Please concretely identify an "abrasive" comment from Tsai Ing-wen on China since becoming President.

Also Ma was not "conciliatory". His party was actively allied with the CCP in annexing Taiwan to China. But none of that ever appears in the western media. Jennings even quotes the MAC:
“We need to know people’s views and keep listening to other people’s voices,” said Chiu Chui-cheng, spokesman for Taiwan’s China policymaking body, the Mainland Affairs Council. “With so much flexibility and goodwill, we think China should show support and understanding.”
Very conciliatory language. But apparently it's "abrasive".

“President Tsai is still trying to find a solution,” said Liu Yi-jiun, public affairs professor at Fo Guang University in Taiwan. “She’s entering … the tunnel and she’s still far away from the end. ... She needs to say something not to discourage the Chinese leaders.”
Liu Yi-jiun’s web page at the university is here. In fact if you search the name, the vast majority of hits are from… Ralph Jennings’ articles.  Despite the large number of observant, heavyweight journalists, academics, commentators, and political players in the capital, Jennings draws quotes monotonously from an academic at a second-tier university in the hills outside Taipei.

Apparently it never occurs to these commentators or writers that Tsai might know what she was doing and it is they who are clueless. But then "Tsai is smarter than us" wouldn't make good copy...
Beijing wants Tsai’s administration to enter a dialogue in which each side casts itself as part of a single entity known as China, though subject to different interpretations — a bit like China’s “one country, two systems” approach to Hong Kong. 
This is just a plain error: Beijing has NEVER accepted the “two interpretations” codicil. That that claim is KMT propaganda. Beijing does not want Tsai to "enter into a dialogue". It wants Tsai to say that Taiwan is part of China.

Progress: in several of the last few articles I have seen, the bogus term 1992 Consensus has entirely disappeared. Apparently even editors in newsrooms far away have realized it is bullshit and are now searching for formulas to represent it.

Jennings continues:
Complicating matters are the China-related mishaps, including the bus fire, that have mounted quickly under Tsai’s watch.
That and the errant missile are the only China-related mishaps. The others named below it either have nada to do with China, or were caused by China. Such problems occur at the same rate as during other presidencies (remember the falling crane, the train derailment on Alishan, the Suhua Highway Bus Crash, or the 2015 Transasia airplane crash? All killed Chinese tourists), but if that were said, Jennings' "mounted quickly" narrative would disappear. In fact tourism is dangerous and Chinese (and all other!) tourists are regularly involved in deadly incidents of all kind all over the world, but why provide context? Too rational, that...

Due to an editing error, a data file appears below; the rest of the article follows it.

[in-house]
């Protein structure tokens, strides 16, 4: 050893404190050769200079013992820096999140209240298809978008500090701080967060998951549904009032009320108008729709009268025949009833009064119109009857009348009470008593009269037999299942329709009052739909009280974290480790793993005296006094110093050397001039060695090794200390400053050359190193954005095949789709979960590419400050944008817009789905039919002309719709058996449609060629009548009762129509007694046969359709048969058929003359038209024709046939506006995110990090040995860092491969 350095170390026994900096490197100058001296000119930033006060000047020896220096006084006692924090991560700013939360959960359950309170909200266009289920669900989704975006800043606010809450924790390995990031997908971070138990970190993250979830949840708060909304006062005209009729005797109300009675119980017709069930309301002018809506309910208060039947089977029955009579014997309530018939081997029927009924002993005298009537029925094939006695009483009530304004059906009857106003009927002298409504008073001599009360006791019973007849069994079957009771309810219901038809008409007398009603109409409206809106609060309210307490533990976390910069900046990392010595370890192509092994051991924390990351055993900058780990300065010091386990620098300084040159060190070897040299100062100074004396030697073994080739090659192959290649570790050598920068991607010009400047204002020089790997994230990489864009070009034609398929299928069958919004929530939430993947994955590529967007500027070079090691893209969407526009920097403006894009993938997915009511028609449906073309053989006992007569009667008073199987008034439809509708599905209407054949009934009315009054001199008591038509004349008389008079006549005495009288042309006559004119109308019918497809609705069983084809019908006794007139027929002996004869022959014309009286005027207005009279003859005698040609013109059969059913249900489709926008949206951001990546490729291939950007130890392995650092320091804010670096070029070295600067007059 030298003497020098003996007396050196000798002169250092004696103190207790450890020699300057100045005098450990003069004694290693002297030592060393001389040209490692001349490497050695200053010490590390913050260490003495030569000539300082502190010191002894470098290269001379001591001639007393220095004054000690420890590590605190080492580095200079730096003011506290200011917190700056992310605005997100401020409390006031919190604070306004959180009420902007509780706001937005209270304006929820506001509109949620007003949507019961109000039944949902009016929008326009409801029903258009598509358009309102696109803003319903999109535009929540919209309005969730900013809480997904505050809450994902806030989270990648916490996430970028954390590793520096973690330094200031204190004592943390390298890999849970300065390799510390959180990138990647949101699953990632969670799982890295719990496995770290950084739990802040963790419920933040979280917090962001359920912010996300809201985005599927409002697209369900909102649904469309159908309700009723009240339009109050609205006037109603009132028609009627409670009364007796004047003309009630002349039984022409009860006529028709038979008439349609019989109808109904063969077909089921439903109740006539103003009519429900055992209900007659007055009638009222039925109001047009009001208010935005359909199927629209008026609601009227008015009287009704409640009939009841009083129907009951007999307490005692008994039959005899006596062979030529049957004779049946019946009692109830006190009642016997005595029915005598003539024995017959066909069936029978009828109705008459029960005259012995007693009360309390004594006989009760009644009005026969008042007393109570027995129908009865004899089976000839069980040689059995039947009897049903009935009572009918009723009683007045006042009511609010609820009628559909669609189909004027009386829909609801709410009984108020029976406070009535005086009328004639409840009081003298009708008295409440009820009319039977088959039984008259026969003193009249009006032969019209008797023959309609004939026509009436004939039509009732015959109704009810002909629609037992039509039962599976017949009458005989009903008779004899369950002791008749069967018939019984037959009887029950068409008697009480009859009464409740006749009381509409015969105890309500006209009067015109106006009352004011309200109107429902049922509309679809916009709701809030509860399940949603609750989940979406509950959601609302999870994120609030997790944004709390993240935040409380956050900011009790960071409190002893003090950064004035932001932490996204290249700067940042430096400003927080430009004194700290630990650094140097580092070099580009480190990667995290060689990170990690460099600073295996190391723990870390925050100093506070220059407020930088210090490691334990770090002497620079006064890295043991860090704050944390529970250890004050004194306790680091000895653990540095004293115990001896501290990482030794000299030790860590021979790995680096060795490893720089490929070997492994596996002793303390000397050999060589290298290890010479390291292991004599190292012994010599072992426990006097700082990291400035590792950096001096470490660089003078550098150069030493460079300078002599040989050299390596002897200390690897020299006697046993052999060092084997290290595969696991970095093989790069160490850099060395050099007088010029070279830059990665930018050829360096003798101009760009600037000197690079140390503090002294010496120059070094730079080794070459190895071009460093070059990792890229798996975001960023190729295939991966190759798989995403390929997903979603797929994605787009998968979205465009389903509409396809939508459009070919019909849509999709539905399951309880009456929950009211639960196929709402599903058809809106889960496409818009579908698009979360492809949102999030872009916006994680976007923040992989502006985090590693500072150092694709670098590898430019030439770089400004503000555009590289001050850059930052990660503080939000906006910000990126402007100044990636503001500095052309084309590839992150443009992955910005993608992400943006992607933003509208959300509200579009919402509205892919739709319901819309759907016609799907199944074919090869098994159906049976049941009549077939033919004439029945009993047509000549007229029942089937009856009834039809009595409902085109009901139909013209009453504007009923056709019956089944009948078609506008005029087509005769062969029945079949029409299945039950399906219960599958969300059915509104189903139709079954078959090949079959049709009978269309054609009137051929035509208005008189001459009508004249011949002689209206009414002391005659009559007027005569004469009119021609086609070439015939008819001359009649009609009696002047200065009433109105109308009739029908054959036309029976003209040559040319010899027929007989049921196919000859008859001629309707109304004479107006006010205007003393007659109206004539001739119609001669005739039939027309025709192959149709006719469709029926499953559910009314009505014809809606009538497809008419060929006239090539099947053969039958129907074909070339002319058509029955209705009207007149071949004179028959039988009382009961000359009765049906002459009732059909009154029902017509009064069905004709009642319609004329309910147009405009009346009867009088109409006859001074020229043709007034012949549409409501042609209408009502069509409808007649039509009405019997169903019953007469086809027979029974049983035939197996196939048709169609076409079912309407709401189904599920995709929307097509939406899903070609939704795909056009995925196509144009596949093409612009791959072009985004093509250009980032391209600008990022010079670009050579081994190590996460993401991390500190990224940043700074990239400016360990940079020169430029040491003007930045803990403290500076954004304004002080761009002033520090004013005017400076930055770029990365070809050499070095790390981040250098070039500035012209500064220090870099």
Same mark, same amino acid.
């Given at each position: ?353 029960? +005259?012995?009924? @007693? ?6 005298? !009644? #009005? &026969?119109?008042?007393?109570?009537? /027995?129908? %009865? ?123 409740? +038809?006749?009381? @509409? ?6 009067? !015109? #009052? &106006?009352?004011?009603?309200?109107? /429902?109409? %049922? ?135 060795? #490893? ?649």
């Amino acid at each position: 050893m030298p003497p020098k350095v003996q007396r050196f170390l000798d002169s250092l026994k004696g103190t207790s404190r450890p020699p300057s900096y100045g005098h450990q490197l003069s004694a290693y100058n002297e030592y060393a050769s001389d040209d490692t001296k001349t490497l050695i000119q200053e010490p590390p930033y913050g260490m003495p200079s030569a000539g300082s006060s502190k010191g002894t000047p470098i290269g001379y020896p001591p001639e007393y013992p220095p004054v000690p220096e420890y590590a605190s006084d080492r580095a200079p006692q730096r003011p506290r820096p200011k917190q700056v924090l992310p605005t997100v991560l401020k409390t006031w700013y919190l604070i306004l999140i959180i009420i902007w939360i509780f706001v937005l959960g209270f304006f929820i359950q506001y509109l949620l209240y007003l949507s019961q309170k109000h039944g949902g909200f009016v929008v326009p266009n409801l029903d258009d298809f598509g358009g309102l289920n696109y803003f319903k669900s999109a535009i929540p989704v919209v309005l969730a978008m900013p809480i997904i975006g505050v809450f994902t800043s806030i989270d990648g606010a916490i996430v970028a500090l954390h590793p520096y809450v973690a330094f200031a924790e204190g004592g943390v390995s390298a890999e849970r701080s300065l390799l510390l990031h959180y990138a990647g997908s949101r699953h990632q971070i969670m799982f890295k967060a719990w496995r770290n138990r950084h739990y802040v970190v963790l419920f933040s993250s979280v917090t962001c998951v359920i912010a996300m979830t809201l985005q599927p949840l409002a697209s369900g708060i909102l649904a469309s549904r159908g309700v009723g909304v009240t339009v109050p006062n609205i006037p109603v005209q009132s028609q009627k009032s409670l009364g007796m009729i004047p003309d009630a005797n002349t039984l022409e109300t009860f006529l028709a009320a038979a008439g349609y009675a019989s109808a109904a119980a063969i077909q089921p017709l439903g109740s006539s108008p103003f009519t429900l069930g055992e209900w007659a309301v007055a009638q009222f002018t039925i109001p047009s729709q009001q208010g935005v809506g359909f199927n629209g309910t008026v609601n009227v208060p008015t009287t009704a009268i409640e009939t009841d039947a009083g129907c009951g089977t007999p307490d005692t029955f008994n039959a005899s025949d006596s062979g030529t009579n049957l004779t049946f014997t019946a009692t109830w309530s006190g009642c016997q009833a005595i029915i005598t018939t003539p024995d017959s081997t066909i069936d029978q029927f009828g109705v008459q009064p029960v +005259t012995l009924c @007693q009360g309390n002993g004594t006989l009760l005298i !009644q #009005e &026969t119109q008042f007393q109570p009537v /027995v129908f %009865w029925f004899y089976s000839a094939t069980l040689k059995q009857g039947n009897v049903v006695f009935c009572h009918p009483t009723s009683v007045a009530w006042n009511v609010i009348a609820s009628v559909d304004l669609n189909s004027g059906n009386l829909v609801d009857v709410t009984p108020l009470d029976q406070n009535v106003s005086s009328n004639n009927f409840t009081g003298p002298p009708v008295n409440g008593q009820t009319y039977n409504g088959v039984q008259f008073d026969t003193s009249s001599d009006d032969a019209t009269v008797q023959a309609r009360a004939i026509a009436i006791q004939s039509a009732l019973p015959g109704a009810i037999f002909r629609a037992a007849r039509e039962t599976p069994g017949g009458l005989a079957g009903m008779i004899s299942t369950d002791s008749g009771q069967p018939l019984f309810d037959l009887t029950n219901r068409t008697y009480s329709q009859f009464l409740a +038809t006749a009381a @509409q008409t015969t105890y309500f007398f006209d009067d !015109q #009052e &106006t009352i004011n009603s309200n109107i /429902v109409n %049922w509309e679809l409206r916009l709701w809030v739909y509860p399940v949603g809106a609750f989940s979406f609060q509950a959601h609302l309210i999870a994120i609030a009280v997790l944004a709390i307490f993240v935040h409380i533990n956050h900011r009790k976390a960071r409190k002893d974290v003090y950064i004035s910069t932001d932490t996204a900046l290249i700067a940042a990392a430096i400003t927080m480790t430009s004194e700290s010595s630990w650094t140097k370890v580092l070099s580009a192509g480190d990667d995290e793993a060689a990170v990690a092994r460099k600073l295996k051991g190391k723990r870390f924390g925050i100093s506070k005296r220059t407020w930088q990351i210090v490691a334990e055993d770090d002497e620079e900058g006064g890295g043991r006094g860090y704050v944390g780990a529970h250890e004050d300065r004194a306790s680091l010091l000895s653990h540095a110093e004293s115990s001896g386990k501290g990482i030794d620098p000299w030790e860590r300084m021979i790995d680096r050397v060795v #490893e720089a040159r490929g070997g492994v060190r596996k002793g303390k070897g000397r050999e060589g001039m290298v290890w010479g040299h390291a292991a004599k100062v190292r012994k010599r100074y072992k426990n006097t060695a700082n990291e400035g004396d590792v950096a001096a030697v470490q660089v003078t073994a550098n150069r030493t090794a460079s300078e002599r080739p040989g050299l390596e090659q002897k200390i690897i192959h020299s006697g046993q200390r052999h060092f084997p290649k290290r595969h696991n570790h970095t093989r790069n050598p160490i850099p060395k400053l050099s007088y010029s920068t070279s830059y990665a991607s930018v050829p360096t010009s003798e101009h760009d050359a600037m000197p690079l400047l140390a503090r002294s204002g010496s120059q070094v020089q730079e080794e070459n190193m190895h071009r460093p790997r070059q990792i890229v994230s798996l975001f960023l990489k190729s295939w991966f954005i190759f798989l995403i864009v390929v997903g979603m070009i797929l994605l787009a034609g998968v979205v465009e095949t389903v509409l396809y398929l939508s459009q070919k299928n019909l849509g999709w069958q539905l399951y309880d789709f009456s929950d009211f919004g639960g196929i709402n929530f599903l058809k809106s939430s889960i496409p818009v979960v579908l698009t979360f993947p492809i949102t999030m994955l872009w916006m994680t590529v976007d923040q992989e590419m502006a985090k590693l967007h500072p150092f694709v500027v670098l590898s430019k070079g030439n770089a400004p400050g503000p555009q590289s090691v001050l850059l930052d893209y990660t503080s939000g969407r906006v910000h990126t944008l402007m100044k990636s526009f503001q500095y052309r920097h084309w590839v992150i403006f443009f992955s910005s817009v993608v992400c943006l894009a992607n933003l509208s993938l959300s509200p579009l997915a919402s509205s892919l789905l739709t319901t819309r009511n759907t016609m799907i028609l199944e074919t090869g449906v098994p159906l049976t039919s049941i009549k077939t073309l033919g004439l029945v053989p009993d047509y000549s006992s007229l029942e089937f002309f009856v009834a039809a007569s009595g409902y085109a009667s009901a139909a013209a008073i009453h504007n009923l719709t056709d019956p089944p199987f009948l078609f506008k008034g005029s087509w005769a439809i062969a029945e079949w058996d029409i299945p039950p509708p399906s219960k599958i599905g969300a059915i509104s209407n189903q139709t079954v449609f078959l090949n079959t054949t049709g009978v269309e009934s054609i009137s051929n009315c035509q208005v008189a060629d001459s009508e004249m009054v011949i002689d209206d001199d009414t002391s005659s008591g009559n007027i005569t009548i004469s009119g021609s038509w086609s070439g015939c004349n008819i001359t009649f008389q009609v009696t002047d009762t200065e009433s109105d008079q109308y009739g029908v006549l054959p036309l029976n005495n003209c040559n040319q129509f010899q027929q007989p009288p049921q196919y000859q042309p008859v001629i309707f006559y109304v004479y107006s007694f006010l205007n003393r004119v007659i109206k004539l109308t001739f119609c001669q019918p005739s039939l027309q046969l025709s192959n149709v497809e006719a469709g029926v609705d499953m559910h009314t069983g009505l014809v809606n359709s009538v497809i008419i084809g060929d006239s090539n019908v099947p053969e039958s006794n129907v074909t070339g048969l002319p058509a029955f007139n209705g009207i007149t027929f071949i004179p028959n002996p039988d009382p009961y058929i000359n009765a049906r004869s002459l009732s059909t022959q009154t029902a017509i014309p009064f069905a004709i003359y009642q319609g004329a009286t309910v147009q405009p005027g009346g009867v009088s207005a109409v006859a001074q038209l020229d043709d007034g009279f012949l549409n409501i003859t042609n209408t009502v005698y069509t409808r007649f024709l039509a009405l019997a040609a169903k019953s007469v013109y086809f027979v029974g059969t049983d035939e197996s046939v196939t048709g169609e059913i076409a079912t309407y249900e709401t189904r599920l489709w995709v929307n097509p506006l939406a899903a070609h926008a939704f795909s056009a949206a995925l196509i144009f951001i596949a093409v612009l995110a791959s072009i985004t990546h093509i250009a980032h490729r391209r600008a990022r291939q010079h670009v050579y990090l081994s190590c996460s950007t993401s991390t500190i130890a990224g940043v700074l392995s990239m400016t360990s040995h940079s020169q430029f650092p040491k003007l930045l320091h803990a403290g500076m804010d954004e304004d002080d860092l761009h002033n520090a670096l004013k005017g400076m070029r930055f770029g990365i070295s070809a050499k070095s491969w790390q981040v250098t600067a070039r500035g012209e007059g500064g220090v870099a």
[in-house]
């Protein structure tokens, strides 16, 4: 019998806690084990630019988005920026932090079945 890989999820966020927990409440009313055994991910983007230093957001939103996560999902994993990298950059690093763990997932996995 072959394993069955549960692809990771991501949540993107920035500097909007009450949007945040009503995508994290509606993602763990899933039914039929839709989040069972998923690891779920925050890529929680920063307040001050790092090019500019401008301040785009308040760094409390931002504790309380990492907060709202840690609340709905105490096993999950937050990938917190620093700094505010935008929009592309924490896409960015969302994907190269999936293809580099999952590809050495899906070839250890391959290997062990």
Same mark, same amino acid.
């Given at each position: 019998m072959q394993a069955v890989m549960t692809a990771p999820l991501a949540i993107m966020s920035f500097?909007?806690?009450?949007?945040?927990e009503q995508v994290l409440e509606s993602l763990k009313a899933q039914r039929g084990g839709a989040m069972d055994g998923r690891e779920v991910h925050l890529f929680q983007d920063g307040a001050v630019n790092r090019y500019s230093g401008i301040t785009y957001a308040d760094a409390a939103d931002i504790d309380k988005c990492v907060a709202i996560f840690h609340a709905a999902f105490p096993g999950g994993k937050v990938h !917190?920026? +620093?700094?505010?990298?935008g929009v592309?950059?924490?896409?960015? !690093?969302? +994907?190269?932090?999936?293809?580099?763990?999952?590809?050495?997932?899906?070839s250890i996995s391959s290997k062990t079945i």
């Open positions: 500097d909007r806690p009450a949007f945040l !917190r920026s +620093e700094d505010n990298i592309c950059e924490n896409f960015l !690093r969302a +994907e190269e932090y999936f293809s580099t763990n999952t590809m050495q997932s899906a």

In July, Beijing’s top Taiwan policy advisor predicted a “severe” effect on relations after the island’s navy misfired a supersonic antiship missile. 
This scene will be familiar to readers: western media forwards Chinese propaganda with neither further investigation nor caveats. Note that no “severe” effect on relations has occurred since -- it is nearly September. Jennings does not bother to mention that, of course. Stenography like this is how the media creates the appearance of tensions: since no one will bother to report that nothing happened, readers abroad will naturally assume that something serious has subsequently occurred.

Never mind that if something "severe" occurs, it will not because of some errant missile, but because China was simple waiting for some incident it could blame for its change of policy.

This month, Kenya deported five  Taiwanese citizens to China, drawing a “strong protest” from the Foreign Ministry in Taipei.  Beijing persuaded Kenya to hand over the Taiwanese, who will probably be charged with fraud, on the premise that they all belong under one flag, that of China.
No other news article makes the claim that Beijing wanted the men because they were “Chinese”. AFAIK Beijing has never asked for the men for that reason. Instead, the Chinese asked for the fraud suspects over a year ago in Jan of 2015 on the (internationally valid) grounds that the crimes had been committed against Chinese, Beijing’s consistent position throughout and with deportations elsewhere. This claim of Jennings’ appears to be a very serious error. Happy to correct if  anyone can supply documentation.
But the absence of talks since Tsai’s inauguration has meant the freezing of any new economic deals.
Talks are not “absent”. They were cut off by Beijing. You can be sure that if Taipei had cut off relations, the international media would be having kittens. But Beijing’s actions are always made to vanish via passive framing. Let’s rewrite that so it is clear...
“But Beijing’s decision to cut off official communication since Tsai’s inauguration has meant the freezing of any new economic deals.”
Jennings continues: